I happen to agree with many of Vox Day’s choices, including the ones that made it to the finalists. And Vox Day struck back at the people who have slimed, defamed and insulted him for decades by exposing their hyprocrisy. He did so simply by posting a list of recommendations for the Hugo Awards, which people are free to follow, critique or ignore. As far as I’m concerned, what he did is good in my book. Link

Hao Jingfang (Folding Beijing)

The Chinese writer hasn’t commented on this, and whether she is even aware of the whole mess is uncertain.

Stephen King (Obits)

No comment. The Google search for Stephen King puppies gives us this adorable corgi picture:

stephen king

David VanDyke (What Price Humanity?)

David VanDyke has spelled out in various places (before and after the final ballot was released) that he doesn’t want to take any part in culture wars and that he only sent out his work for the Pournelle anthology — it’s the same Castalia House book that Cheah Kai Wai’s novelette was published in.

I’d like to say that I’m not a puppy, kitten or animal analogue of any sort. Writing a story for Jerry Pournelle’s There Will Be War anthology was an opportunity to contribute to that excellent body of work, not some kind of socio-political statement. Link


S.R. Algernon (Asymmetrical Warfare)

S.R. Algernon’s short story was published in the prestigious Nature magazineI’m not aware of the writer saying anything about the Hugo mess. On a comment to this post, S.R. Algernon notified me that he has discussed nomination in Goodreads.

Second, I recognize that, with the politics of the situation being what it is, many worthy contenders did not make it on the Short Story ballot. After some consideration, I have chosen to defer to the position of the Hugo Administration and allow “Asymmetrical Warfare” to contend for the Hugo in good faith, irrespective of its presence on any slates.

“Asymmetrical Warfare” has received some positive reviews (for example, see Lela Buis’s review). I believe that the aim of the Hugo Awards should be to give the science fiction and fantasy community writ large a voice in recognizing work that has merit. I do not want to deprive them of their chance to vote next month, whether they are voting tactically or based on their opinion of the story itself. Link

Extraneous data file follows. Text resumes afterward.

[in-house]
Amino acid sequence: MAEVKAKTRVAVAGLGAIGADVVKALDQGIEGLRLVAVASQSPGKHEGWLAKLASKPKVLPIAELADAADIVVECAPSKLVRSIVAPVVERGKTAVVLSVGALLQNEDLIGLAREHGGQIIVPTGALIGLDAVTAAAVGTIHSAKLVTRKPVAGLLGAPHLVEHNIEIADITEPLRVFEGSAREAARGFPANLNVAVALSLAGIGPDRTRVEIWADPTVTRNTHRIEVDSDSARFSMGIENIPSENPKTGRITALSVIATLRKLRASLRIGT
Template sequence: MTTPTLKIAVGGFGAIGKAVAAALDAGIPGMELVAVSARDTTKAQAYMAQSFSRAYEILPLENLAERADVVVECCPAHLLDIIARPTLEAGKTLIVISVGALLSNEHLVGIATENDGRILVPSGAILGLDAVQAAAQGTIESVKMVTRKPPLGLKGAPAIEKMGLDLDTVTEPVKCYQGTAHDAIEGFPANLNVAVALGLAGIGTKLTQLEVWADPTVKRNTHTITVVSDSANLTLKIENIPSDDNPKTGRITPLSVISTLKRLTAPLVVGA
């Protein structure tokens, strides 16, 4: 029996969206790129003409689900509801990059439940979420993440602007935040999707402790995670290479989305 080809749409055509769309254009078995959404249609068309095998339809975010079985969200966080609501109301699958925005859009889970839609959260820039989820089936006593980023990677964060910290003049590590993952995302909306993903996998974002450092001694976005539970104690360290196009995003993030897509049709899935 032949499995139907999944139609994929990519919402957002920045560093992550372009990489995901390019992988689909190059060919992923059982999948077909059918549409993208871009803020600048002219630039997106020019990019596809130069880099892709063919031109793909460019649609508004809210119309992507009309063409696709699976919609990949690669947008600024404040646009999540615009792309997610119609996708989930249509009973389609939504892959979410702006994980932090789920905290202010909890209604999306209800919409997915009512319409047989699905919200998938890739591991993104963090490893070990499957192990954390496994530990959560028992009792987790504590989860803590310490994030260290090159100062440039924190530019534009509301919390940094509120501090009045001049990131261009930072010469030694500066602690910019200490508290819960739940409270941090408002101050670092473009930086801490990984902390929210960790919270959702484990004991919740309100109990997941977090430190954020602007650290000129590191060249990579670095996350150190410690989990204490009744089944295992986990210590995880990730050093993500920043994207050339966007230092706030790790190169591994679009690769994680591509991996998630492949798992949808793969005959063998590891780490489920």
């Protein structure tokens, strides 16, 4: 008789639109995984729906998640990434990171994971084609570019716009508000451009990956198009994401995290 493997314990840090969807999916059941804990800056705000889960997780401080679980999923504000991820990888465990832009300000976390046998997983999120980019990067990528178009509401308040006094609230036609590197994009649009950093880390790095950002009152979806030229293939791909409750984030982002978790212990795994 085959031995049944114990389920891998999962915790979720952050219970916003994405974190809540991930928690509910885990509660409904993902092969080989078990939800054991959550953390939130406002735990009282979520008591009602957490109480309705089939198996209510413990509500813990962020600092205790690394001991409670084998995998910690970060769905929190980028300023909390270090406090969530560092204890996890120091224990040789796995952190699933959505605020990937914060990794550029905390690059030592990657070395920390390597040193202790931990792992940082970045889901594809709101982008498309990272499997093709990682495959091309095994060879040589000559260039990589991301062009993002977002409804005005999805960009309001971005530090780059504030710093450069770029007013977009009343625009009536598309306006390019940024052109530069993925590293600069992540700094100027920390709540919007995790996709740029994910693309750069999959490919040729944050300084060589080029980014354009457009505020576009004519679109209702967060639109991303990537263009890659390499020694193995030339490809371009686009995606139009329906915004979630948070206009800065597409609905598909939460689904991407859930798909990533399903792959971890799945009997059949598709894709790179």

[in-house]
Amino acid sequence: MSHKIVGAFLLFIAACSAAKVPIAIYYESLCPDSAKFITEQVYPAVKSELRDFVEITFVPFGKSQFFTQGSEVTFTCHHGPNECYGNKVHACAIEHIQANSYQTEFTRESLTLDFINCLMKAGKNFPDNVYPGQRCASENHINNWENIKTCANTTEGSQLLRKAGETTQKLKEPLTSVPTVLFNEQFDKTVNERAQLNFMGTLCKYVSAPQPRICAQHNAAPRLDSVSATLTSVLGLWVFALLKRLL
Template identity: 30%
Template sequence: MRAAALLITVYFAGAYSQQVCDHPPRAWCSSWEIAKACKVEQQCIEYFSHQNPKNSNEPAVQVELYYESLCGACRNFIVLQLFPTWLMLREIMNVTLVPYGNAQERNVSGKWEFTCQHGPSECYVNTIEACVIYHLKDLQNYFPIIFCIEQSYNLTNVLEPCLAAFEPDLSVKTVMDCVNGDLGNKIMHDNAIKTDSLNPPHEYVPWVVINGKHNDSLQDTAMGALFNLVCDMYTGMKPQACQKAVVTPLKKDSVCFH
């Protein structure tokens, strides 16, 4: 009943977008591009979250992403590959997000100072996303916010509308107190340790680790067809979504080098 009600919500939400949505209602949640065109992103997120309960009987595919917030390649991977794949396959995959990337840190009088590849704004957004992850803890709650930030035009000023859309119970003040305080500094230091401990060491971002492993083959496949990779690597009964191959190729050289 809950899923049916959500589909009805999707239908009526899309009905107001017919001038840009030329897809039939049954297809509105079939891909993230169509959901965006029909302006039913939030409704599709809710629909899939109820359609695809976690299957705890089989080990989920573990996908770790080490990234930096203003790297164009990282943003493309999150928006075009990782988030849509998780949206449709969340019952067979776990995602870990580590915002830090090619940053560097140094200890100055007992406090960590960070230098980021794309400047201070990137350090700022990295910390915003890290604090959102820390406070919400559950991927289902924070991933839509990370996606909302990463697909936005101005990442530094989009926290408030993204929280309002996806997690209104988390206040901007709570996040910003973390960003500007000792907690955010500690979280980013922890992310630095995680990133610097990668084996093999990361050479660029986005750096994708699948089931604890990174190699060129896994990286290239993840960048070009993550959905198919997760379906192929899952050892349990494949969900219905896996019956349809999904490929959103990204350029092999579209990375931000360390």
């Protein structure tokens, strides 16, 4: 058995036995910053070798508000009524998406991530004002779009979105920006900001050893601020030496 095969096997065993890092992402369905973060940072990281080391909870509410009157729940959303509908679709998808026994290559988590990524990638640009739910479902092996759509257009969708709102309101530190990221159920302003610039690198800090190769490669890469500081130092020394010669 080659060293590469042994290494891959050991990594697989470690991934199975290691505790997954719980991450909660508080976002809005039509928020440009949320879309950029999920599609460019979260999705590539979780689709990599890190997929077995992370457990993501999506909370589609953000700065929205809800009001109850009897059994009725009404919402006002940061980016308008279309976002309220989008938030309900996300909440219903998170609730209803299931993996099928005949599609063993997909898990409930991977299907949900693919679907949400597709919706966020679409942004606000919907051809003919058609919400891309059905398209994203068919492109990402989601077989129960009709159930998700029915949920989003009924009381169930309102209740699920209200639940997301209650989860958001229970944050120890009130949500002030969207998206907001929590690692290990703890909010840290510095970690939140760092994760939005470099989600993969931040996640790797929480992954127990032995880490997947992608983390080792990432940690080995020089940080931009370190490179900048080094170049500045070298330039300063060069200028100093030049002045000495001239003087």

Thomas Mays (The Commuter)

Thomas Mays (whose self-published short story was originally written for the Baen Fantasy Award but didn’t place) has already declined the nomination, saying:

To be clear, Vox Day and I have worked together before, but I did not request or engineer my appearance on his slate. I’m very proud of my story “Within This Horizon”, that I contributed to the first Riding the Red Horse anthology, which allowed me to be in the same volume as friends and acquaintances Chris Kennedy, Christopher Nuttall, Ken Burnside, and one of my literary heroes, Jerry Pournelle. I have been interviewed for Castalia House. However, Vox and I disagree on many political and social points and I am neither a Rabid Puppy nor a member of his Dread Ilk. My stories have no real ideological bent right or left. And while I cannot dispute the experiences of others which brought the Sad and Rabid Puppy movements into existence, I did not approve of the straight-slate bloc voting that so damaged fandom last year. [–] Rather than eat a shit sandwich, I choose to get up from the table. Link

Juan Tabo and S. Harris (If You Were an Award, My Love)

I have no clue where to look for the thoughts of the co-authors of this “humorous” Rachel Swirsky pastiche published in Vox Popoli — or if “Juan Tabo” and “S. Harris” even exist, for that matter.